However, the article itself mentions some redundancies that are in place to insure that a system going down doesn’t throw the entire Mayo Clinic into freefall. And certainly, additional redundancies may be needed to insure that prescriptions aren’t incorrectly sent to a pharmacy for the wrong patient, etc.
Those "redundancies" are not complete, do not cover for all aspects of enterprise health IT when it is down, and necessarily compromise patient care when they have to be called upon. I, for one, a physician, would not enjoy being a patient nor taking care of patients when the "IT lights" go out.
Do doctors and medical staff need to learn how to code correctly so that they aren’t accused of cloning? Yes—but that’s a relatively easy problem to fix. The problem has already been identified, and training has already begun to address the issue.
Cloning of notes and "coding correctly" are two entirely different issues. Easy to fix? The health IT industry has been saying all its problems are easy to fix, i.e., in version 2.0 ... for the past several decades, when few if any problems have been.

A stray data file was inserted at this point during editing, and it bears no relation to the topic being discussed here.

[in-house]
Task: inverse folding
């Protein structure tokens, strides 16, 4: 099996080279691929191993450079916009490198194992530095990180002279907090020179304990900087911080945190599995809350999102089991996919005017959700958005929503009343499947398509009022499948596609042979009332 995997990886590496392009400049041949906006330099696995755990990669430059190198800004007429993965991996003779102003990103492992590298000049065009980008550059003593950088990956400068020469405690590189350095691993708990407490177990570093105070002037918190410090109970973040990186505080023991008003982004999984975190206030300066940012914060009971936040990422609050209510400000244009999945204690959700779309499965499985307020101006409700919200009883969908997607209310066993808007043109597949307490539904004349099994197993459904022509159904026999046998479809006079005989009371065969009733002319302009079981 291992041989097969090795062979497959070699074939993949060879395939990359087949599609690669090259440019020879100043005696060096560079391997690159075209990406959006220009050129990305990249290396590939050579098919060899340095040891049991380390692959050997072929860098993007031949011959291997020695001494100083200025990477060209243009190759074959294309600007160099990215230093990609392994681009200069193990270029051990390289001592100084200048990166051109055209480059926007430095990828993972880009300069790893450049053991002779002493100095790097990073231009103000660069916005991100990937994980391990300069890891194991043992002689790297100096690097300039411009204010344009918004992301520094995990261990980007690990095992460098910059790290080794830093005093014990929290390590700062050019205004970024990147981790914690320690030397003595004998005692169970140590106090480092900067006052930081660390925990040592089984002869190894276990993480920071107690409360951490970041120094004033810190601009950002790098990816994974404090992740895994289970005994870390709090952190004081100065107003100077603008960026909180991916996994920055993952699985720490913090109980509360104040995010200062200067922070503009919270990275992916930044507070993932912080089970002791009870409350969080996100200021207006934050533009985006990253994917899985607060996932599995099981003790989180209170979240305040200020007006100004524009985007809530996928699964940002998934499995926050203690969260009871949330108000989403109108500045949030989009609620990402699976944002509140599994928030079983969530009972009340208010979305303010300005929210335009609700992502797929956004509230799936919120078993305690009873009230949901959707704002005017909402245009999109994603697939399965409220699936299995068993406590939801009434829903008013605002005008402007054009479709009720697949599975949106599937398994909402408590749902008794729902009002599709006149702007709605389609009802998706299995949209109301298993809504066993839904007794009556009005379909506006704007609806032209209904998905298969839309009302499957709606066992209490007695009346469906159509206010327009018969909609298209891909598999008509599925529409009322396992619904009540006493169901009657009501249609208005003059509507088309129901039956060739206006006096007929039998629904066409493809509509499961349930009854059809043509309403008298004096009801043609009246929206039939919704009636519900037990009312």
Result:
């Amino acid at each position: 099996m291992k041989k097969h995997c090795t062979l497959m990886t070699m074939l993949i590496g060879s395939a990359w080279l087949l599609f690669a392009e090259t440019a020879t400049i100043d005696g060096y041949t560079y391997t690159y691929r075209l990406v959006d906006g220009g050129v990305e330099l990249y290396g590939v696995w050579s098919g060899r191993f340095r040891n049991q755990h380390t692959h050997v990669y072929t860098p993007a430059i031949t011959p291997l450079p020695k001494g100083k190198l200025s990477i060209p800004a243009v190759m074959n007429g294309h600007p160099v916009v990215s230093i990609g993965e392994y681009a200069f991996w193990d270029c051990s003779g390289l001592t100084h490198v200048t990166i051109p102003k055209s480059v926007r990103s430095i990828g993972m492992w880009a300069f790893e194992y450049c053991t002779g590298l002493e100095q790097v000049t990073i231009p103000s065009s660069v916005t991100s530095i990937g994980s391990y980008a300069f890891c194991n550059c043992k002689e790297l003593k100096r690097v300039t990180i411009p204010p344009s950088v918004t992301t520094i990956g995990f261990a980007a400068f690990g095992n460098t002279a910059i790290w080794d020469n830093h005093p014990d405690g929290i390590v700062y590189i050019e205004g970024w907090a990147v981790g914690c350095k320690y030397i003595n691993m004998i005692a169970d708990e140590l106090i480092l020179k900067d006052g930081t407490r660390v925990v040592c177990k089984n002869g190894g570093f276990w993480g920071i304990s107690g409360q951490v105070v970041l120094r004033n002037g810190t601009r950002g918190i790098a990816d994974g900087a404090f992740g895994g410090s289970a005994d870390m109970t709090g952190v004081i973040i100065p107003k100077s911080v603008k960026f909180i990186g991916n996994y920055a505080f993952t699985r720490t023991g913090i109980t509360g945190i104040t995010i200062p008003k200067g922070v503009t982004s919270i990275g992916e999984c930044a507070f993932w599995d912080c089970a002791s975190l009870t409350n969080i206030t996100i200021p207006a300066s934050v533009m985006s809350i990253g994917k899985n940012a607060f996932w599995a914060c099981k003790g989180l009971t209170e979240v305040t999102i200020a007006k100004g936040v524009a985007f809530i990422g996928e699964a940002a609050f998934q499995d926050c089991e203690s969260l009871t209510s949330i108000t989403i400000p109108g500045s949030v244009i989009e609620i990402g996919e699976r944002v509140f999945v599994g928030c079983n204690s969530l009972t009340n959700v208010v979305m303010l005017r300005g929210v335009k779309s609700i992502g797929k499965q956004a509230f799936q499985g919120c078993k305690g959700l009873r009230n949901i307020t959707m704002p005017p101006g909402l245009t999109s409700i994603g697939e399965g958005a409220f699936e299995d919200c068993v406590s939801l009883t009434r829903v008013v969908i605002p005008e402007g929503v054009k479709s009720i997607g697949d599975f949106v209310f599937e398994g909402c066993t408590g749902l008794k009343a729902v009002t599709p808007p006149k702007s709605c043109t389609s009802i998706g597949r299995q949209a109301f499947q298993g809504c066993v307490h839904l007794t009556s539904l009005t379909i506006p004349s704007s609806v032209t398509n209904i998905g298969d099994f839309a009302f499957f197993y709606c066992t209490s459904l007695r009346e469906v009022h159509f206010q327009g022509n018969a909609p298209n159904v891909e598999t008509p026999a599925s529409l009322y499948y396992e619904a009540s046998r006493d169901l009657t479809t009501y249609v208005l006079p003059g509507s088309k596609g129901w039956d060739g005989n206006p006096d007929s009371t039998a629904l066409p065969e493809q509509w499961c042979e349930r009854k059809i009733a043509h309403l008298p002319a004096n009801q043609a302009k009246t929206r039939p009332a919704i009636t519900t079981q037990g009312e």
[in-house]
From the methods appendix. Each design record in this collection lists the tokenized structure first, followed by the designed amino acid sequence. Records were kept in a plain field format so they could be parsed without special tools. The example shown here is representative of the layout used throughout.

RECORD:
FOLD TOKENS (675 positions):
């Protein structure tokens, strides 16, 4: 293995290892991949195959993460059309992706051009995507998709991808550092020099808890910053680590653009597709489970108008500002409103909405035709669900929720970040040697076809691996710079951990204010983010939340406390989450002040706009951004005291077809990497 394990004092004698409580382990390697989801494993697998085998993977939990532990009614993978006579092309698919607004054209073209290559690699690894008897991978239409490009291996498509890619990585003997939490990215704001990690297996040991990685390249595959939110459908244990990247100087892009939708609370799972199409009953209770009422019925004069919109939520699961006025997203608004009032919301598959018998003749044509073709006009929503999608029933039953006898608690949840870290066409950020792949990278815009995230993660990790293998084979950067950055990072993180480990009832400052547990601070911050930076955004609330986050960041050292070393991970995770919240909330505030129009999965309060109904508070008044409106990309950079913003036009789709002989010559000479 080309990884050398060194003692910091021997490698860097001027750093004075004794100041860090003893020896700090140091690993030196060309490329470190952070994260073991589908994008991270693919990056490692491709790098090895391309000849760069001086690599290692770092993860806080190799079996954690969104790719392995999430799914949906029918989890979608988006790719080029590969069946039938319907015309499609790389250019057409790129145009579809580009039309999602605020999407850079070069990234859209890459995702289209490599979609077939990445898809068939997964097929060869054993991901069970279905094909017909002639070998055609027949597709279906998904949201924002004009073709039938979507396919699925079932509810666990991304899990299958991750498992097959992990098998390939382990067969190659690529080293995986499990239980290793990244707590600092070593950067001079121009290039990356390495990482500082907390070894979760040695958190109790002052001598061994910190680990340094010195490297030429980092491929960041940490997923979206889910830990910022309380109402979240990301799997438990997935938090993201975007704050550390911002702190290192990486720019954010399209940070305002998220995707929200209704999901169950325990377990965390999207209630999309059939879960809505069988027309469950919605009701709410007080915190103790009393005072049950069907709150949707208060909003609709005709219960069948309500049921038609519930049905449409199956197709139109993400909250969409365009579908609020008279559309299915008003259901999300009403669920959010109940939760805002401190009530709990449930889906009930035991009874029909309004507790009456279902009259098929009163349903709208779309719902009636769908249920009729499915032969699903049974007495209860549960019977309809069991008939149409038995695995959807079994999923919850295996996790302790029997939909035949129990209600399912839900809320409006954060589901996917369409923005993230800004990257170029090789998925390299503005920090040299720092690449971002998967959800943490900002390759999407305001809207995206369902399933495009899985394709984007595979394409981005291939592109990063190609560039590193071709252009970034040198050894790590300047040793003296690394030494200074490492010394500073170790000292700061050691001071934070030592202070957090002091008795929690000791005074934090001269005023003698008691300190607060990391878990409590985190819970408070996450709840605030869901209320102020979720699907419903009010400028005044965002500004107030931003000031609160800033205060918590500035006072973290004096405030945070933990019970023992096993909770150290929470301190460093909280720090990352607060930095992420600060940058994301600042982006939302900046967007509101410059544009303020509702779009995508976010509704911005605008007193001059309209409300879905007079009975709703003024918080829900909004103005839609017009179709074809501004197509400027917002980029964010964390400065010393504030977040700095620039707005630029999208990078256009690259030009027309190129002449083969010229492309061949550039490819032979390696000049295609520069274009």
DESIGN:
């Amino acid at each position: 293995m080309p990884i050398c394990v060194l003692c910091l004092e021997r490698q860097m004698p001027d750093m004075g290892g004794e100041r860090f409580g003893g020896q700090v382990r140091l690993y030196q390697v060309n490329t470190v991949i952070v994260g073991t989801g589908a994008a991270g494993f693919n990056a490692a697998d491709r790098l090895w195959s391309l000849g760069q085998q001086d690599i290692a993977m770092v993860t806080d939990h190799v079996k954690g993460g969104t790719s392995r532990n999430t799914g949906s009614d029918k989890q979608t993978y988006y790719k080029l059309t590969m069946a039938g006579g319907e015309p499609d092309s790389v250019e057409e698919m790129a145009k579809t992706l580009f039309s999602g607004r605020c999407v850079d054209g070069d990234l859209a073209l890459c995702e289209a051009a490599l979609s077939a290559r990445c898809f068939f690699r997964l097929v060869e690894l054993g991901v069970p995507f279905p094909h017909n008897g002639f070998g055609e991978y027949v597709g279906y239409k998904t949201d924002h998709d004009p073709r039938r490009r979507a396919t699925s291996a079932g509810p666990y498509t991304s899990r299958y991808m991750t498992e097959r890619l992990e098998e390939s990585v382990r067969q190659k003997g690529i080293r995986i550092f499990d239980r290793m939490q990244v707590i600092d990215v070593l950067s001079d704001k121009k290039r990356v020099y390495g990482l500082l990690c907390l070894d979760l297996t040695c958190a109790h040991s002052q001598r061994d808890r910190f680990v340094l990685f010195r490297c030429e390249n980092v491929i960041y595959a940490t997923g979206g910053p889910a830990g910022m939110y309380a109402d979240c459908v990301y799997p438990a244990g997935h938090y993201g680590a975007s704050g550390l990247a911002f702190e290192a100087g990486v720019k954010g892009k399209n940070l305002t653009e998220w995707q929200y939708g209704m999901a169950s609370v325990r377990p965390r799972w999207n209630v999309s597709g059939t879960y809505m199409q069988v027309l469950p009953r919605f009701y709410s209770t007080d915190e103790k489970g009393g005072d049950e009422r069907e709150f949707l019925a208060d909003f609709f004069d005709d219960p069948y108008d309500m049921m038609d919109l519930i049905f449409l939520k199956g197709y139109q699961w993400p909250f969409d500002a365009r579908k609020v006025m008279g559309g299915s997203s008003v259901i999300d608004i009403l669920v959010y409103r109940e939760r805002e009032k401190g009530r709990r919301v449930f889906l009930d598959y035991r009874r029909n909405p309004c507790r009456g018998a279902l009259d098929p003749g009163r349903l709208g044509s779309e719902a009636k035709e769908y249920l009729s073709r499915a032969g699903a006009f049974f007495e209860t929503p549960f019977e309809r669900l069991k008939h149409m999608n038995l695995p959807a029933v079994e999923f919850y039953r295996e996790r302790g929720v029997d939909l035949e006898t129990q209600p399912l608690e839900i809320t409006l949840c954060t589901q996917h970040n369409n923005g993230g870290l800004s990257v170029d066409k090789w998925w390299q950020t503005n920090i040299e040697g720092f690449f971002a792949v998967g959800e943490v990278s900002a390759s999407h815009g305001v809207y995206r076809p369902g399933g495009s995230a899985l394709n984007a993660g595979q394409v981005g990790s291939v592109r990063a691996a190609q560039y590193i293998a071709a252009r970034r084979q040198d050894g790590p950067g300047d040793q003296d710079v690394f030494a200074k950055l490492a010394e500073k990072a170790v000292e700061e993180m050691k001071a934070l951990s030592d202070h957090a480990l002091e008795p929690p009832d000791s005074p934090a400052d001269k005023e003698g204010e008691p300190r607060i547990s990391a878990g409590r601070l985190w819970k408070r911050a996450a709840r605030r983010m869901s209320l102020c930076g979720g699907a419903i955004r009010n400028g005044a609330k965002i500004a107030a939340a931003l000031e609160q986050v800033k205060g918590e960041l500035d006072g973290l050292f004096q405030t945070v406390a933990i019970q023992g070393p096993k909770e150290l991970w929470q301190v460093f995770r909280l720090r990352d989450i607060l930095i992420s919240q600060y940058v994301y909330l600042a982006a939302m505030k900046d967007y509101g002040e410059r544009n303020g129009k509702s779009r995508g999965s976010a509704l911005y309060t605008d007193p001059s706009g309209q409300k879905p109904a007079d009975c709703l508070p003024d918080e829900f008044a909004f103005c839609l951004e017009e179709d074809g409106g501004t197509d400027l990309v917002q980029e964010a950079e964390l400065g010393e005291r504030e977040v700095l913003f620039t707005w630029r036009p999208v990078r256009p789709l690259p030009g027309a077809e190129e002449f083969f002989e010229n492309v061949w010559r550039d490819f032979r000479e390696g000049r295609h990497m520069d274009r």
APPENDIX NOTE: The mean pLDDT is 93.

I have been through this type of problem before, as have many of you, with new systems. It’s called a learning curve, and it’s relatively easy to work through with patience and determination. I have encountered situations before where the team I was working with threw up their hands when they ran into problems learning a new database system and said “It doesn’t work.” Yet in time, they learned to love the system—and some of the biggest doubters became the experts on it.